• The Forum on Business and Human Rights has organized a series of regional briefings. This event aims to bring together the knowledge to build bridges the communities in the room: the business, human rights, and environment communities.
  • There is an ongoing process to negotiate a new treaty to end plastic pollution taking a whole lifecycle approach. This was adopted at UNEA-5 in March 2022 in Nairobi, and we are now halfway through the process. These negotiations highlighted the need to take into account human rights impacts and to take a rights-based approach to the development of the treaty, bringing together the members of the International Geneva community into the process.

Panel Discussion

María Daniela GARCÍA | Deputy Permanent Representative of Ecuador to the World Trade Organization

How can the future treaty to end plastic pollution be designed to prioritize and protect human rights, especially but not limited to groups in vulnerable situations and most affected groups?

This is a task for the whole international community that implies of all our efforts. The realization of human rights is central, whether we talk about addressing the triple planetary crisis, food security, achieving the Sustainable Development Goals (SDGs).

At the core of the international environmental agenda is the protection of human rights, including the rights to health, healthy environment, access to information, effective public participation in design and implementation of plastic policies and the elaboration of the new treaty, and access to remedy for harm caused by plastics. The harms of human health and environment caused by the production, use and disposal of plastics impose significant economic costs on individuals, societies and governments. There are impacts on economic goals by plastic pollution that burdens society due to illness, productivity losses resulting from disease, disabilities, and premature deaths, and costs resulting from damages to ecosystems.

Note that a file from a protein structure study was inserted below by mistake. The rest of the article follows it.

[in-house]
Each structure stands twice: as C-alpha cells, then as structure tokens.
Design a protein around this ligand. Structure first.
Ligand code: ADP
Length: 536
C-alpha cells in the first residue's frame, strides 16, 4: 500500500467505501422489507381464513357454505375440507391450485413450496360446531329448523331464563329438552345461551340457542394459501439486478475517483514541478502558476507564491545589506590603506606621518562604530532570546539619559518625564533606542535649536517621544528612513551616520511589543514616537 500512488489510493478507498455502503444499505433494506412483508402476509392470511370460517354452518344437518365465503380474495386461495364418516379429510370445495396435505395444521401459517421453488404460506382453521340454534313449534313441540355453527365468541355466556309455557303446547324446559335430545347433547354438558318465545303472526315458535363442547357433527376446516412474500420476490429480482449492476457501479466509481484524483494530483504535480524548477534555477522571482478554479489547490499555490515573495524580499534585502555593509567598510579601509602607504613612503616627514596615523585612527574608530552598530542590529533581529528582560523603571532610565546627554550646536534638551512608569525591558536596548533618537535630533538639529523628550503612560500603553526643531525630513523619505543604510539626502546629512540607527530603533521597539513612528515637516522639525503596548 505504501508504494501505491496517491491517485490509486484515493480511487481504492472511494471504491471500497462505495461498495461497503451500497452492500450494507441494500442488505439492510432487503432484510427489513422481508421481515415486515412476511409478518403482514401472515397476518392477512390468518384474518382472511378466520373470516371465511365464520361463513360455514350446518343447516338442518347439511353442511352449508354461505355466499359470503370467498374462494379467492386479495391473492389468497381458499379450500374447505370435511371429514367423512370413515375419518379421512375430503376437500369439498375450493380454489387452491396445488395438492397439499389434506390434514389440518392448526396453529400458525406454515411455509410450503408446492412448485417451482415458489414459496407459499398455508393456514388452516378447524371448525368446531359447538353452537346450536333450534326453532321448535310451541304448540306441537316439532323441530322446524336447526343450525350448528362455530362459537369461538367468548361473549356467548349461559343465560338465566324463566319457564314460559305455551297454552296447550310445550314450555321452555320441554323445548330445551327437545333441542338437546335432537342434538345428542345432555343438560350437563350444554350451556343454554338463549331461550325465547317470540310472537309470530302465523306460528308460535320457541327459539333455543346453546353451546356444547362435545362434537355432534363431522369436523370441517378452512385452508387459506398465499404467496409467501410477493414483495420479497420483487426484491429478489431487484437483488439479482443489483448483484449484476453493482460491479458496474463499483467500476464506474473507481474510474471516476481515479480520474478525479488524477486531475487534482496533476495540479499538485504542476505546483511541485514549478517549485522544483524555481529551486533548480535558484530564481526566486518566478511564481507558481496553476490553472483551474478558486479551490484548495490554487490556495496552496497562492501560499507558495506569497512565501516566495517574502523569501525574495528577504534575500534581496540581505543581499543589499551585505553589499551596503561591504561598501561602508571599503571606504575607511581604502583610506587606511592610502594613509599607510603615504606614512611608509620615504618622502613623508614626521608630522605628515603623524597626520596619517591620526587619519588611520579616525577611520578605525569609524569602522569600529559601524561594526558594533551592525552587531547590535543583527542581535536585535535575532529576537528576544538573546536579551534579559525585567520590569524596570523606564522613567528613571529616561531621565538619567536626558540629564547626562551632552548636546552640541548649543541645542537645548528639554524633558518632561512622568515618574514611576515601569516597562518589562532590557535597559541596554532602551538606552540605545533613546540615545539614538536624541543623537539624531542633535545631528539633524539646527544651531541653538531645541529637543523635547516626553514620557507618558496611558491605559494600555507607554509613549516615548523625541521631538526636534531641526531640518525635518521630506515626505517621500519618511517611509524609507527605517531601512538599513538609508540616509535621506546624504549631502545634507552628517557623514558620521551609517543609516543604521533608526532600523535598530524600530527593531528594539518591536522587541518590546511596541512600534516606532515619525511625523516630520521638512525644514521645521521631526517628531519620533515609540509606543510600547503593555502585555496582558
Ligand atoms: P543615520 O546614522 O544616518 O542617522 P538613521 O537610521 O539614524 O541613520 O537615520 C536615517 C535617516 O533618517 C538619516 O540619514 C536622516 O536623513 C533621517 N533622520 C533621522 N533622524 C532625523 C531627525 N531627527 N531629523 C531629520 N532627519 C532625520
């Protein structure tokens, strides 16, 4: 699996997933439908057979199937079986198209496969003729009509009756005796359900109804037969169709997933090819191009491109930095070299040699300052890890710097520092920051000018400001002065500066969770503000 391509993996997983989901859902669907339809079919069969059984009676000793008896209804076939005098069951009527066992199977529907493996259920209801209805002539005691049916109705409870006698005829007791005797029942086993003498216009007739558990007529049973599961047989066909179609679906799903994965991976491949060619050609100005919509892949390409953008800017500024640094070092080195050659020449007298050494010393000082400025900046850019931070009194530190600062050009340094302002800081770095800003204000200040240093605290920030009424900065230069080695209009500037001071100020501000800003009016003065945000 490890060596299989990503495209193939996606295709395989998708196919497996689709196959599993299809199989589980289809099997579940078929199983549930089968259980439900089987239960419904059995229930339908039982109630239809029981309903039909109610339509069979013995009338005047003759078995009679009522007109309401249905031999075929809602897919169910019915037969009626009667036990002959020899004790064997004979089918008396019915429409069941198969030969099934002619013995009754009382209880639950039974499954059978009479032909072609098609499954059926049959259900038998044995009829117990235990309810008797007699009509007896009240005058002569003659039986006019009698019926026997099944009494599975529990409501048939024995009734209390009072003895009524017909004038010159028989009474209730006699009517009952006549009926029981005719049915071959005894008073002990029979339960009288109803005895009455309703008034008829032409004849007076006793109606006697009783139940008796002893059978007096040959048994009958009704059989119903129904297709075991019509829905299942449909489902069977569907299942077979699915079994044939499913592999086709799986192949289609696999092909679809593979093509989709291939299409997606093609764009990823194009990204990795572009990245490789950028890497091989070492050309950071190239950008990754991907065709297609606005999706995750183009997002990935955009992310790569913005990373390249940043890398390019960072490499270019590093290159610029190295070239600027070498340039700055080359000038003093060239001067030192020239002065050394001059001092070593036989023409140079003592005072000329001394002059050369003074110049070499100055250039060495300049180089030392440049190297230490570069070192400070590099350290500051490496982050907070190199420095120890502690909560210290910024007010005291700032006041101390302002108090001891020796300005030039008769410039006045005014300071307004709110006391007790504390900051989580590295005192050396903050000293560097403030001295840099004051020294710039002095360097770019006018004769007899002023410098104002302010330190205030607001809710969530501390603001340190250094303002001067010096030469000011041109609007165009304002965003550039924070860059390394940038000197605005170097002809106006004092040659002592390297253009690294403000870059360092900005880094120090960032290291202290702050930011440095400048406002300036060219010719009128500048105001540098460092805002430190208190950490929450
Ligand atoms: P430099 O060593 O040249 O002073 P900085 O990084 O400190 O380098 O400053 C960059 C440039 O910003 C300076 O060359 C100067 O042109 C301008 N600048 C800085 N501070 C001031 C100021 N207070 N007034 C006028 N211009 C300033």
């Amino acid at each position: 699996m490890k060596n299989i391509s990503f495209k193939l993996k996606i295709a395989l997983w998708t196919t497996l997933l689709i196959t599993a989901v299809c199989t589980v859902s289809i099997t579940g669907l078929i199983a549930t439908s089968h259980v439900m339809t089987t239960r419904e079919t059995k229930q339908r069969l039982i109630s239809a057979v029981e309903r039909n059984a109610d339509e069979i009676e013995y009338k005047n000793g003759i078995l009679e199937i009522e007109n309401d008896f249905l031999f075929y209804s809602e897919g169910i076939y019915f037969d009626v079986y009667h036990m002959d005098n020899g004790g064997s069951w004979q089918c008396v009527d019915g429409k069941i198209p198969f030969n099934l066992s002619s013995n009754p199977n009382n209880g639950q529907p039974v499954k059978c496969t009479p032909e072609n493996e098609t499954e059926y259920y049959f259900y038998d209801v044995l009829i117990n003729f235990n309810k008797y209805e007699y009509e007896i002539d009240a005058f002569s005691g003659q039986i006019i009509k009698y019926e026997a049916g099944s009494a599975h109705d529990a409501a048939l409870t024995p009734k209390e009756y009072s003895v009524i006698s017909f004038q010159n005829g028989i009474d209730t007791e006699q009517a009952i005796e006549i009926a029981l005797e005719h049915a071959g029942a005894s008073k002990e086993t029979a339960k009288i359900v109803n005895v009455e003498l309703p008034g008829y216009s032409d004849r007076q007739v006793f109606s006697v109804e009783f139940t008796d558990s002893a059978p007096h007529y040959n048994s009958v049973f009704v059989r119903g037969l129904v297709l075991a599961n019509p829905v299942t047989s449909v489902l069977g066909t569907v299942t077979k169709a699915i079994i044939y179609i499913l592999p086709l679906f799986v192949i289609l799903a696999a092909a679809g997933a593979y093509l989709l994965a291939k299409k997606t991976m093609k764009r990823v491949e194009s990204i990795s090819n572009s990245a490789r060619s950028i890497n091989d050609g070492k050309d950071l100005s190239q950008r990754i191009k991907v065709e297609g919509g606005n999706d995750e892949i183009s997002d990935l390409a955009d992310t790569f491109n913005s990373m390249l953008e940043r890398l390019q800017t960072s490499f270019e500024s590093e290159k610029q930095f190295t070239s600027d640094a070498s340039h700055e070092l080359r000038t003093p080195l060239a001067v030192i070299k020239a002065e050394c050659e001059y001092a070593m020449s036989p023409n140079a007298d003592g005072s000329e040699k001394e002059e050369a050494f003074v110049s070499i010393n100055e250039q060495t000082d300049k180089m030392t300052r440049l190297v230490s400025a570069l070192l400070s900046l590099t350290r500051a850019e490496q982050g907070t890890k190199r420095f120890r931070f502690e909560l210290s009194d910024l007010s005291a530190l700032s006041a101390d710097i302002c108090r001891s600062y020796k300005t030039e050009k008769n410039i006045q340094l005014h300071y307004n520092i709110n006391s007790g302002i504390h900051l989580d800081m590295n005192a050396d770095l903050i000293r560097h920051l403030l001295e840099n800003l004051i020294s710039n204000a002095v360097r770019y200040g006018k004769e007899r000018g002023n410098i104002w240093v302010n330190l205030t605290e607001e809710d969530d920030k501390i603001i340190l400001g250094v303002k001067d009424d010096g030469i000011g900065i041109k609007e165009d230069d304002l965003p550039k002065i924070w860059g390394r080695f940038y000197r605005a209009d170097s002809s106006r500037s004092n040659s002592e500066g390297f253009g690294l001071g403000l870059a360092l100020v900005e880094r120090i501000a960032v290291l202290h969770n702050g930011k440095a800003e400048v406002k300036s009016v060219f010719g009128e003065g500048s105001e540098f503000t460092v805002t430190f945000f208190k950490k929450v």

The approach that assigns greater responsibility to businesses and industries for externalized costs aligns well with the 2021 recommendation of the UN Special Rapporteur on toxics and human rights report to the UN General Assembly that plastics can and should be addressed using a rights-based approach. A just transition with a human rights approach at the core is vital in this regard: a transition for all at every stage of the plastic lifecycle.

  • At every stage of policymaking and negotiations, we need to address the rights of those marginalized: wastepickers, children, women, Indigenous Peoples, frontline and coastal communities, among many others.
  • This can also be done through safe and sound circularity. Trading waste creates serious issues for developing countries. Many countries that produce more waste than they can recycle ship much of these to developing countries. This is a serious matter, certainly not an approach the circular economy must embrace.
  • There should also be care for the future generations’ right to enjoy their human rights. A just transition that has human rights-based approach at its core.

At INC-3, the participation not only of governments but the whole international community is very positive. All of us can contribute from different perspectives to this complex issue.

Jodie ROUSSELL | Global Public Affairs Lead, Packaging & Sustainability, Nestlé | Member of the Business Coalition for a Global Plastics Treaty

Nestlé is one of the founding members of the Business Coalition for a Business Coalition for a Global Plastics Treaty, which promotes a new treaty that protects and respects “the livelihood, health, labor, and human rights of all people involved in the value chain.”

Having in mind that businesses are responsible massive volumes of plastic pollution and waste, how can their responses be referenced in the new treaty?